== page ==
Wednesday, June 18, 2014
Eveland nets first save since '05, lifts Mets
By Adam Rubin
ST. LOUIS -- Dana Eveland presumed Jenrry Mejia would handle the entire ninth inning once the closer entered with a two-run lead. When Matt Carpenter opened with a leadoff double, however, the southpaw was informed that he would be facing Matt Adams if the lefty slugger’s turn in the order came up.
That’s exactly what happened.
Eveland entered with a runner on first and two outs and the Mets leading the St. Louis Cardinals, 3-2, Wednesday afternoon. Adams, who had game-winning RBIs in each of his other four starts since returning from the disabled list last weekend, grounded out to David Wright to end the game.
Eveland, 30, earned his second career save. The other came on Sept. 5, 2005 with the Milwaukee Brewers at Cincinnati.
“Nine years,” Eveland said. “It’s pretty cool."
Still, he added: "It’s not something that I obviously collected over my career, so it’s not a huge deal.”
Collins said he does not plan to make a habit of pulling the closer Mejia against a dangerous lefty. It was just a special case, because Adams had been so dangerous of late.
“You read every day in the notes that he’s won game after game with a home run or a big hit, and they’ve all been off right-handed pitching,” Collins said. “So he was going to have to get a hit off a lefty.”
The manager added: “Jenrry actually has great numbers against lefties. It’s just that this guy has killed ’em this past week. Even the first night we came in here, he got the game-winning hit. He had four in a row. Two of them were homers. I wasn’t going to let him do it again.”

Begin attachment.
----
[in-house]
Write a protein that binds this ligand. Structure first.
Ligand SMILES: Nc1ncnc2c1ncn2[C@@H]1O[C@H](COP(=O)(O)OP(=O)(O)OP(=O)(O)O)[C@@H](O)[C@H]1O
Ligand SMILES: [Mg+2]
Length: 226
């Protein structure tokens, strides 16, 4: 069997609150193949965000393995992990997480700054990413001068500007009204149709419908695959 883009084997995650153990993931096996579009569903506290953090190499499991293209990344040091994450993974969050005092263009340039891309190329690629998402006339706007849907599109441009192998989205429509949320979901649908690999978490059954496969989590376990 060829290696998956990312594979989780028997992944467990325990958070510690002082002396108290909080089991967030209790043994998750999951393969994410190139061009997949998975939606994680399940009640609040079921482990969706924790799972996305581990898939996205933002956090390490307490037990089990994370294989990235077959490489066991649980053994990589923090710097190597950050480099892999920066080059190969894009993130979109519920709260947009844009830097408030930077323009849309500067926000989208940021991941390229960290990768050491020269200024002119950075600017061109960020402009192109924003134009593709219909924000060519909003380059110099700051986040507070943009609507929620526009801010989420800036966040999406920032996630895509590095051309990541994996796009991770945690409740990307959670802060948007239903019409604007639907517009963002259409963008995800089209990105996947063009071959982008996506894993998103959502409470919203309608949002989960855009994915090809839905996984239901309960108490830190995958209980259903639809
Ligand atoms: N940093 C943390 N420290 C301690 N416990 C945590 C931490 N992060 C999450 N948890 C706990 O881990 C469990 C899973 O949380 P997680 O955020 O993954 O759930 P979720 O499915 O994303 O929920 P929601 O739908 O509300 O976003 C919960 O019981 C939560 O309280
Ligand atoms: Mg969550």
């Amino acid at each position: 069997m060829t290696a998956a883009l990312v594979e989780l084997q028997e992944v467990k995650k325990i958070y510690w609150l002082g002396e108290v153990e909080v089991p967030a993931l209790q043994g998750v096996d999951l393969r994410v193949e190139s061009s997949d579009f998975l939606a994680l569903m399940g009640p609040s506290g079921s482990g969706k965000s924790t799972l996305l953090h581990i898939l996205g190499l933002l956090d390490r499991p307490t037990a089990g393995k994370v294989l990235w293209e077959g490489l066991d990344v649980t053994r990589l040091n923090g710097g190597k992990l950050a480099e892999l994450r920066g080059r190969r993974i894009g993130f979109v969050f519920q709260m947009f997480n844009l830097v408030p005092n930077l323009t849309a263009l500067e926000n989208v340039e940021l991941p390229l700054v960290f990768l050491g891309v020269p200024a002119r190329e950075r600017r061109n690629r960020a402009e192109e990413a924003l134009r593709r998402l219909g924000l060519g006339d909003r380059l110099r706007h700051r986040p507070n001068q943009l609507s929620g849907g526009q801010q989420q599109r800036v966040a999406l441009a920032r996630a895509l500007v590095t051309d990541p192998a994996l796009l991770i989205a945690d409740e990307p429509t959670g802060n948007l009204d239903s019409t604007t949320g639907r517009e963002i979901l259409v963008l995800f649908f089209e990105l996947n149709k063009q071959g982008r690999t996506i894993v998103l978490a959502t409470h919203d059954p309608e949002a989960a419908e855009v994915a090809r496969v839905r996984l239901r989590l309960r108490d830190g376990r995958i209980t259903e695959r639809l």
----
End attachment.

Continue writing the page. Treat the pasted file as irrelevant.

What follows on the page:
Said Eveland: “Once Mejia is in the game, obviously you assume your closer is in there to stay. But Adams has been swinging the bat pretty well and I could throw a decent slider, I guess, so they figured it was a decent matchup.”
Lefty batters are now 2-for-15 with a walk against Eveland since his June 1 promotion. Asked if that was gratifying in light of the fact that he was forced to pitch in Korea last season, Eveland noted the production has been meaningful for even a more current reason.
“I look back to this offseason, when my struggles just to find a job were going on,” Eveland said. “The Mets signed me, and I was so thrilled just to get an opportunity to be in affiliated baseball again. I went into spring training with the idea, ‘You know what? If I can stay in Triple-A all year this year and throw OK, I’d be happy,’ because it would line me up to hopefully get a job next year and possibly compete to get back to the big leagues. It happened so fast this year.”
What clicked for the journeyman, who already has appeared in the majors with eight different major league teams?
He said he was watching Jacob deGrom throw earlier this season with Las Vegas when he realized deGrom had the perfect arm angle for him. So Eveland copied deGrom from the left side, dropping down somewhat. It felt like sidearm at first, even though it was not that extreme.
It’s worked, putting more sweep in his slider.
“It’s nice to remind myself that I can succeed at this level,” Eveland said. “There have been obviously plenty of times in my career where I’ve had my struggles. So to throw well so far, it’s been pretty nice.”
Eveland admitted he is “slightly surprised” to have remained with the Mets this long, even if he was pitching well. He survived one cut when righty Buddy Carlyle was dropped to clear a spot for Andrew Brown. And he survived another when Scott Rice was demoted once Gonzalez Germen returned from the disabled list.
“When Buddy went, I thought there was a decent chance [of a demotion], because that was right after that tough game I had in Chicago,” Eveland said. “So I thought there was a chance it would be me that day. And Buddy threw the ball so well. And Scott had been going pretty well at the time. Obviously it’s an option thing and whatnot and part of the business.”